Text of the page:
In an opinion released May 26, 2015, Kellogg Brown & Roots Services, Inc. v. United States ex rel. Carter, the U.S. Supreme Court unanimously held that whistleblowers cannot extend the statute of limitations for war-related civil false claims under the Wartime Suspension of Limitations Act (“WSLA”), reinstating an already generous statute of limitations period under the civil False Claims Act (“FCA”). The Court also settled a split between the U.S. Courts of Appeals for the D.C. Circuit and the Fourth Circuit. For purposes of the FCA’s “first-to-file” bar, the FCA only limits a lawsuit based on the same underlying facts as another case that is actually open and pending when the later lawsuit is filed. In reaching these holdings, the Court relied heavily on the plain meaning of the statutory language, simultaneously handing a victory to both Defendants (on the statute of limitations issue) and Plaintiffs (on the first-to-file issue). But, the holding relating to the WSLA may prove to be the greatest legacy from the KBR decision, reigning in aggressive whistleblowers and government lawyers who would try to allege a case of “fraud” decades after the conduct occurred, and long after a Defendant is able to defend itself effectively.
Statute of Limitations and the WSLA
The qui tam complainant, Benjamin Carter, a former contractor in Iraq in early 2005, alleged that Kellogg Brown & Root Services, Inc. (“KBR”) and Halliburton Company fraudulently billed the Government for unperformed or improper water purification services. While the relator first filed his qui tam action in 2006, his fourth and final complaint was filed in 2011. Notably, the FCA provides a six-year limitations period, with a ten-year maximum. 31 U.S.C. § 7371(b).
The WSLA, 18 U.S.C. § 3287, was originally enacted during the First and Second World Wars to extend the statute of limitations for war-related criminal fraud that the Government was unable to prosecute because of the war-time conditions. The current version of the WSLA suspends the statute of limitations for “any offense against the laws of the United States.” Concluding that this does not suspend the statute of limitations for civil fraud claims, the Court noted that the term “offense” commonly refers to crimes. Given this plain meaning, the Court concluded that the WSLA does not suspend indefinitely the statute of limitations under the civil FCA, reversing (in part) the Fourth Circuit.
First-To-File and What it Means to Be “Pending”
The Supreme Court also interpreted the FCA’s first-to-file bar, which limits a person’s ability to “bring a related action based on the facts underlying [a] pending action.” 31 U.S.C. § 3730(b)(5). Applying the ordinary meaning of the term “pending,” the Supreme Court agreed with the Fourth Circuit that the first-to-file bar applies only to cases presently open and awaiting decision. The Court held that “pending” does not have the “peculiar” use posited by the contractors – “a short-hand for the first filed action” – a result that might allow the first-to-file bar to operate in perpetuity. Rather, the first-to-file bar does not create a permanent prohibition on any subsequent related action because an action is no longer “pending” upon dismissal. Justice Alito, writing for the unanimous majority, joked that under the interpretation advanced by defendants, both the famous Marbury v. Madison and the trial of Socrates would still be “pending.” Thus, the Court explained, a later FCA action is not barred simply because an earlier, but now dismissed, FCA action based on the same underlying facts had been filed. If the prior case was still open, however, then the first-to-file bar would likely prohibit the second action.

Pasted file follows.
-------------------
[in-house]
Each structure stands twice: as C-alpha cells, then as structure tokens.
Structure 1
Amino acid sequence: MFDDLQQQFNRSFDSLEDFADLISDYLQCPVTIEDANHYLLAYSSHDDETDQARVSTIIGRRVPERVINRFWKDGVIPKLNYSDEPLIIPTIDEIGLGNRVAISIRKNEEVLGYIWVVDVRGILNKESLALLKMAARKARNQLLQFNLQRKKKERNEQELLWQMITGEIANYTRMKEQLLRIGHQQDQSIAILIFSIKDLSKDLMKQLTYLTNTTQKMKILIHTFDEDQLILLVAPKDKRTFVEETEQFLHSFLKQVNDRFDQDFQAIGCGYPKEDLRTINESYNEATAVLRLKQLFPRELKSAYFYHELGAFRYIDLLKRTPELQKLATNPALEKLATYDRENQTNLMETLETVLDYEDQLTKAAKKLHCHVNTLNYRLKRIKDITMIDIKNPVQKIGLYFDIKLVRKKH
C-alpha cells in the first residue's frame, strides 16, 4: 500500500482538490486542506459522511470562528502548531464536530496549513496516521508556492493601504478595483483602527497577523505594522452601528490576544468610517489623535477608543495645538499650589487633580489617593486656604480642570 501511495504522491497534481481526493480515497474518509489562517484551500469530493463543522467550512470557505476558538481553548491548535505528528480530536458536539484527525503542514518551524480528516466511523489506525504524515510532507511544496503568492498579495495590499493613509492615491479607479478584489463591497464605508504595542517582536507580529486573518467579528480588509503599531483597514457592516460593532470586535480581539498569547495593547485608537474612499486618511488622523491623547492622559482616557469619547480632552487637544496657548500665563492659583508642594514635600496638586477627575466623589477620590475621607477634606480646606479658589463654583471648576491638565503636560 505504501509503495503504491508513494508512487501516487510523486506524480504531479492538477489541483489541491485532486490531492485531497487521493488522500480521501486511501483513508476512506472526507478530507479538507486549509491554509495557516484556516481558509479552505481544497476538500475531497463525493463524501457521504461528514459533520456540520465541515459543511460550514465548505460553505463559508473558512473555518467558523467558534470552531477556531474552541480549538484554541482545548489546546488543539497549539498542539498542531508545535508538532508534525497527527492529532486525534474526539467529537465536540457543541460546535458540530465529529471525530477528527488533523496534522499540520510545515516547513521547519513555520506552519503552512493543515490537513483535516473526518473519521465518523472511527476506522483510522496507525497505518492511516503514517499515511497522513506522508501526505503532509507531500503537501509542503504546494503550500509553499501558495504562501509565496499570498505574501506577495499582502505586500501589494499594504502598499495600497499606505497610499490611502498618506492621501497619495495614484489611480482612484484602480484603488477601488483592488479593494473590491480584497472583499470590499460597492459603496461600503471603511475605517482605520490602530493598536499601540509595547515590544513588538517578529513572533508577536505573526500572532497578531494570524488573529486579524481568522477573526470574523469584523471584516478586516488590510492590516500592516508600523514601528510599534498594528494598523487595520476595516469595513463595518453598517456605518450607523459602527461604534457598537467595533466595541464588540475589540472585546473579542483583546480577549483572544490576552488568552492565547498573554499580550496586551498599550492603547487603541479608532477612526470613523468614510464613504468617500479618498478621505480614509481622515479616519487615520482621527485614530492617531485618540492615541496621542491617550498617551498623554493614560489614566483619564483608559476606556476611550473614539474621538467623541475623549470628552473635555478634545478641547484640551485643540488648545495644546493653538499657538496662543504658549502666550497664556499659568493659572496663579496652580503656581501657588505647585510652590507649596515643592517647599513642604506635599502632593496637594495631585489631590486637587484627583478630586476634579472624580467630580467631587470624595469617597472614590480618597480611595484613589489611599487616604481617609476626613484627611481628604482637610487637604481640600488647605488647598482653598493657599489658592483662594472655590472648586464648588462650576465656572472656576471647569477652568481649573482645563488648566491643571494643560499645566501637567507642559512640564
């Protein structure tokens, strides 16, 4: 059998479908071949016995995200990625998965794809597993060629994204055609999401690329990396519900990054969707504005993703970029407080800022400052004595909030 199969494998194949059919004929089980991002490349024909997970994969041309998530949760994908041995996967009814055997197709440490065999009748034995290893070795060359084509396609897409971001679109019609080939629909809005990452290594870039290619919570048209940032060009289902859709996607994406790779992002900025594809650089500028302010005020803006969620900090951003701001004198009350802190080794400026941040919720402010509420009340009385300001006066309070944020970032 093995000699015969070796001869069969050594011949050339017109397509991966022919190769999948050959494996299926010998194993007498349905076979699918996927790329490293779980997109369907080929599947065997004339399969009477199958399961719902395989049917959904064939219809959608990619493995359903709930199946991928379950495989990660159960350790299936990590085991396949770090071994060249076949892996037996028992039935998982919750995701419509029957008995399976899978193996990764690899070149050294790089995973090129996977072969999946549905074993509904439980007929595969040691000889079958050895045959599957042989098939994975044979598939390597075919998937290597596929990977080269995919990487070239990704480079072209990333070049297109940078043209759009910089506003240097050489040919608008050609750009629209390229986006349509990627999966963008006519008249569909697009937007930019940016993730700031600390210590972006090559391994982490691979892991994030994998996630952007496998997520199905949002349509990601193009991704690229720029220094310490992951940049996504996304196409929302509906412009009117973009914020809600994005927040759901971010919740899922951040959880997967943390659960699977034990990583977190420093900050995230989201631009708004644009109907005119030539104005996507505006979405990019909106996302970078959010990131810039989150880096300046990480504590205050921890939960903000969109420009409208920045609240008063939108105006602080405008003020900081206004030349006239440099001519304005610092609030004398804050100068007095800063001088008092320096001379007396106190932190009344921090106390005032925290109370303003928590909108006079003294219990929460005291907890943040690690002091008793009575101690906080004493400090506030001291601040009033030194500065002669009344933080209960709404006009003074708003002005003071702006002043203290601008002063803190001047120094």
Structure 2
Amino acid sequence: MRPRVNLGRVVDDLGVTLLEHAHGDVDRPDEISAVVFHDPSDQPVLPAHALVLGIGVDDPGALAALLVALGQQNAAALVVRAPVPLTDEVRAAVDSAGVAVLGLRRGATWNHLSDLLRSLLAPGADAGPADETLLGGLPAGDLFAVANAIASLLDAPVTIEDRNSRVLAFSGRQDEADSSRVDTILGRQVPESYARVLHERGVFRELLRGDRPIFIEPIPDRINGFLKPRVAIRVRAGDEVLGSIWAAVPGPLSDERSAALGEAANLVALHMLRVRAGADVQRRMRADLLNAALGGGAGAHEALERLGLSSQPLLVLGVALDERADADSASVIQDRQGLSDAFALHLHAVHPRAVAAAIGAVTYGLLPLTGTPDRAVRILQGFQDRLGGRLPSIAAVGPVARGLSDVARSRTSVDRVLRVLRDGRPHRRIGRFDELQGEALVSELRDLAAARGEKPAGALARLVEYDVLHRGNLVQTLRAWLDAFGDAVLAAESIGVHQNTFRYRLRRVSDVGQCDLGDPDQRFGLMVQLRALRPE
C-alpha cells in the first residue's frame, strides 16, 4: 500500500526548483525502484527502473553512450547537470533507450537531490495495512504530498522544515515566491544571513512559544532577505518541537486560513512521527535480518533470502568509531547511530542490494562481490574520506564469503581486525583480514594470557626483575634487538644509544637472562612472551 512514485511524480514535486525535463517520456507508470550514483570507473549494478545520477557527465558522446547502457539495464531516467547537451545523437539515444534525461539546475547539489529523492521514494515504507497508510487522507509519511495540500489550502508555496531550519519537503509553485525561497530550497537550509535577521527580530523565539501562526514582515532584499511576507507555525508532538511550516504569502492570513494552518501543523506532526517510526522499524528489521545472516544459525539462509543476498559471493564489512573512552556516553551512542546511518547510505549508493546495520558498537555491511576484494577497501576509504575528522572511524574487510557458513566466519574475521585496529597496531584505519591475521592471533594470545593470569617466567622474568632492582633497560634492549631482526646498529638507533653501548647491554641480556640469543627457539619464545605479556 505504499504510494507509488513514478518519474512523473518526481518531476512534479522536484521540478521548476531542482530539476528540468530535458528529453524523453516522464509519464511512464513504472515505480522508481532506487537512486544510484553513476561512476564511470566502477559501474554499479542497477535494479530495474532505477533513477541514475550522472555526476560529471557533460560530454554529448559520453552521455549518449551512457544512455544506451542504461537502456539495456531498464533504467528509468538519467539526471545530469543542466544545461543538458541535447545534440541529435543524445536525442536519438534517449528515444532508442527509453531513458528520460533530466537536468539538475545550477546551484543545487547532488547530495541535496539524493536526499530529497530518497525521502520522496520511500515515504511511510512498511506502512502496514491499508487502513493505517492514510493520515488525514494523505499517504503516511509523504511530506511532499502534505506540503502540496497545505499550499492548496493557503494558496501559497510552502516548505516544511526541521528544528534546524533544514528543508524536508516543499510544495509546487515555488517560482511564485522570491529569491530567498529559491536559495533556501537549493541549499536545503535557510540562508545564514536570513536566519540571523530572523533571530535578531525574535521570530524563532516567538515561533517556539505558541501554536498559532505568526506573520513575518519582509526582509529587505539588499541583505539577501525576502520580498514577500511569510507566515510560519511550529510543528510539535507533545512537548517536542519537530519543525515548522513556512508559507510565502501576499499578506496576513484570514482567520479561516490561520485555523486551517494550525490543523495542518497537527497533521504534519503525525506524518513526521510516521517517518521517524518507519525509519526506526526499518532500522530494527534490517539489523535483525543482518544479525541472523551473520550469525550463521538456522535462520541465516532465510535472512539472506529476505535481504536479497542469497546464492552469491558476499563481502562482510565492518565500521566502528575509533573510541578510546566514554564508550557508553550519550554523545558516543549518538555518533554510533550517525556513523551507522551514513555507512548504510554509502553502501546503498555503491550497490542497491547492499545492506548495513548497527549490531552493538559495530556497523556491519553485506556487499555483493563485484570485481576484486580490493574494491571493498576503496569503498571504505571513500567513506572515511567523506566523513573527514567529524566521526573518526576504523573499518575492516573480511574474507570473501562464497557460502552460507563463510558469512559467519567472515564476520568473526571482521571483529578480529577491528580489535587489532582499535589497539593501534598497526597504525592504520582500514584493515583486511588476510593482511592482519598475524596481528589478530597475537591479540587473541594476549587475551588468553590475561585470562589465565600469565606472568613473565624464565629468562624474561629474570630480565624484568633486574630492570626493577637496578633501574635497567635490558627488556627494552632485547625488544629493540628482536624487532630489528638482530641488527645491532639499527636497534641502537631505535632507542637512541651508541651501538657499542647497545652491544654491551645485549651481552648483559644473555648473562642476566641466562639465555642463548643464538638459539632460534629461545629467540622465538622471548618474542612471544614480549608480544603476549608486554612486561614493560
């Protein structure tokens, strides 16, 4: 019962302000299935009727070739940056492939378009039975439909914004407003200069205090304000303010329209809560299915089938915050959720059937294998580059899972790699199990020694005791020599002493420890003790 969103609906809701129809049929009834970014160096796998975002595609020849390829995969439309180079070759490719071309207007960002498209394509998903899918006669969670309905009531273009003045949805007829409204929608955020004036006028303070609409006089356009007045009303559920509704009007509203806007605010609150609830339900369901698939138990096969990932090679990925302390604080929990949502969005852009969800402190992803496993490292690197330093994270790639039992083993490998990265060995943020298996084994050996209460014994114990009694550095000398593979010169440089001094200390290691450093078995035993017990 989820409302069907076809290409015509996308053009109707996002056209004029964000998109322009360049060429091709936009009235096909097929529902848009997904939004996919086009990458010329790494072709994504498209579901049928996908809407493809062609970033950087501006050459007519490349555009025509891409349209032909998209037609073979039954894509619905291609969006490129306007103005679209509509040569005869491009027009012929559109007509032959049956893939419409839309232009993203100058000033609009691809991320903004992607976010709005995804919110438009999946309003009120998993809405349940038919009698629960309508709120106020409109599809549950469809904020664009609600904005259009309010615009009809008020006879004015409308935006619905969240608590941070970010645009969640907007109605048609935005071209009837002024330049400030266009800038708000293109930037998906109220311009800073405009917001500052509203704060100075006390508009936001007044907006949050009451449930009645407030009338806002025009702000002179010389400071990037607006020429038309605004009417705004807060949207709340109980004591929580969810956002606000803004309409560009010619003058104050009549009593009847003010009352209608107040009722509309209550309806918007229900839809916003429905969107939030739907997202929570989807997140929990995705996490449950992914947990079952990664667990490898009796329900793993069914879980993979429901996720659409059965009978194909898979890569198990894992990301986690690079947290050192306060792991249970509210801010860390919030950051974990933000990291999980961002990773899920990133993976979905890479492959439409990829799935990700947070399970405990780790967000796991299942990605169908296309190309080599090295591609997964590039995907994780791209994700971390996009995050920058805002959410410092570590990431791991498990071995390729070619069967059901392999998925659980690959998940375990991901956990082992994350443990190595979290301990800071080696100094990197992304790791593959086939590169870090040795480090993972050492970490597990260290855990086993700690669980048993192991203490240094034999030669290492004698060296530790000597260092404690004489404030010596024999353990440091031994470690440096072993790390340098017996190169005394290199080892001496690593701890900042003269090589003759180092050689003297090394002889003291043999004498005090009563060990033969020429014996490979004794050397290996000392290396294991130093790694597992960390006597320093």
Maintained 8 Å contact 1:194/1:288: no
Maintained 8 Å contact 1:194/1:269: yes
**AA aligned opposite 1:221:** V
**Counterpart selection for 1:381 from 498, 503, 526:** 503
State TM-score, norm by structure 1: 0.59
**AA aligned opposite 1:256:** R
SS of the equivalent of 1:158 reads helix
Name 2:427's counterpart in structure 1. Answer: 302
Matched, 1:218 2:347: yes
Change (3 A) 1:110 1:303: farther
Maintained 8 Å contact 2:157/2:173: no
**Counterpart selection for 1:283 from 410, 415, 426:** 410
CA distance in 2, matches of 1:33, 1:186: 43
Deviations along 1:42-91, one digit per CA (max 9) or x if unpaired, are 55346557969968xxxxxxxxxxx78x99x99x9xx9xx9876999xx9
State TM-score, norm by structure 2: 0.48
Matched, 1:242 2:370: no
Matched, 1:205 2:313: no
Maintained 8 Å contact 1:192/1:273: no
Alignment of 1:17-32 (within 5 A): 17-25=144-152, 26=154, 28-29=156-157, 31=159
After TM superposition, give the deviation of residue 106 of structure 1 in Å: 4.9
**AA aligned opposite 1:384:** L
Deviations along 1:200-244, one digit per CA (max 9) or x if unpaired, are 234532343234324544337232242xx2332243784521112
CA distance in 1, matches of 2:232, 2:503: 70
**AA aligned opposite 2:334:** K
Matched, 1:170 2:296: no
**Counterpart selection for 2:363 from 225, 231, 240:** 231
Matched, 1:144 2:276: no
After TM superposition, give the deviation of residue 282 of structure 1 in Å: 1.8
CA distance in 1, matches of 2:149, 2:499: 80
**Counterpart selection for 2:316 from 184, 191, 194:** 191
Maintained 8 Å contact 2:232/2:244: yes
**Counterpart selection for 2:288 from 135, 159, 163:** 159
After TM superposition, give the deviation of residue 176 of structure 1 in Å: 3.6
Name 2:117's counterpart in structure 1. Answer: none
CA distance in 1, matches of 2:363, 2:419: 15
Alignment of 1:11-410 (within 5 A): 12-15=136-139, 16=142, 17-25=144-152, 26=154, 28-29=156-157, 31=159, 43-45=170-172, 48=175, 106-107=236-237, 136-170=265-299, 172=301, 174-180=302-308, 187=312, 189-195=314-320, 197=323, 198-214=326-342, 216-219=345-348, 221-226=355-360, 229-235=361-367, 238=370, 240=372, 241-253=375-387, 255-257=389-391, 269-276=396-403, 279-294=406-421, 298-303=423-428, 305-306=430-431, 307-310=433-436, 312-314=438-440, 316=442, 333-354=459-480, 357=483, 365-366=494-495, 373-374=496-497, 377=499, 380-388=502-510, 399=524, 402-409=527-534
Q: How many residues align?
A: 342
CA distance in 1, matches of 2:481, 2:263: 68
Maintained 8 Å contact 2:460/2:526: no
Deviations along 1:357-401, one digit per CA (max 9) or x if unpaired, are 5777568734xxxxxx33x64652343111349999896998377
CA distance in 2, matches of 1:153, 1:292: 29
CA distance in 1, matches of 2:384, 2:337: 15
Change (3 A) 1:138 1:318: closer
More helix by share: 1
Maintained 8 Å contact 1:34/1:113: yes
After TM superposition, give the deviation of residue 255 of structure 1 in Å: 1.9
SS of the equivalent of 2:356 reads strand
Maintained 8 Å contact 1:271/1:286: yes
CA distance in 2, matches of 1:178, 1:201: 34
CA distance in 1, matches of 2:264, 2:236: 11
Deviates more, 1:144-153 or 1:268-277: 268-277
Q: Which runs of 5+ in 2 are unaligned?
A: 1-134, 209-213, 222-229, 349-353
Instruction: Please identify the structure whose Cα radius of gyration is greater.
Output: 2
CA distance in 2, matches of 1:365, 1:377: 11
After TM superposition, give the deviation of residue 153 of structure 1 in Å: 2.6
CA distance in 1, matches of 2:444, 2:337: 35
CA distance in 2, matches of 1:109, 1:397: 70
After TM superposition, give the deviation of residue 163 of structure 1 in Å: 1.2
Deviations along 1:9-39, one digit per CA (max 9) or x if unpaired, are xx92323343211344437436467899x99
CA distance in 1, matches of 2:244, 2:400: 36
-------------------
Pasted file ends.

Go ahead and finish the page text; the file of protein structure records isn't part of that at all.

Despite the fact that the Court applied the ordinary meaning of the term “pending,” the Court’s decision is still a bit novel, upending much of the jurisprudence on this topic. Until this decision, most of the lower courts in the United States interpreted the first-to-file provision as a bar of all later filed qui tam actions that were based on the same facts as an earlier filed lawsuit. These lower courts reasoned that the first-to-file bar should limit further qui tam litigation regarding alleged false claims once the Government has been put on notice of the potential fraud. Once the Government was on notice, there was no reason to permit relators to claim a bounty on an alleged fraud the Government was fully able to obtain for itself. It will be interesting to see how case law will evolve to address this new decision from the Court. At the very least, this creates an opportunity for parasitic “whistleblowers” and it increases the risk that companies may have to litigate serially similar allegations of misconduct.
While the KBR decision is a mixed bag for both defendants and plaintiffs, perhaps the best result of this decision is that it protects government contractors from exposure to never-ending claims of civil fraud stemming from wartime activities. The FCA’s statute of limitations period now firmly requires whistleblowers to bring an action within six years (with a ten-year absolute cap). On the other hand, government contractors and government contracts attorneys alike will have to take the Court’s first-to-file decision into account when considering settlements and dismissals of qui tam actions. As soon as a case is no longer pending, a related action may properly be brought—opening the door for additional opportunistic actions upon settlement or dismissal.
For Carter (the whistleblower in the KBR case), the case may offer limited hope. While his claims may not necessarily be barred under the first-to-file rule, the question remains as to whether a firm statute of limitations will otherwise bar his claims. In the end, it seems likely that KBR will come out on top of this “mixed bag” of a decision.
This post first appeared in the Government Contracts Blog.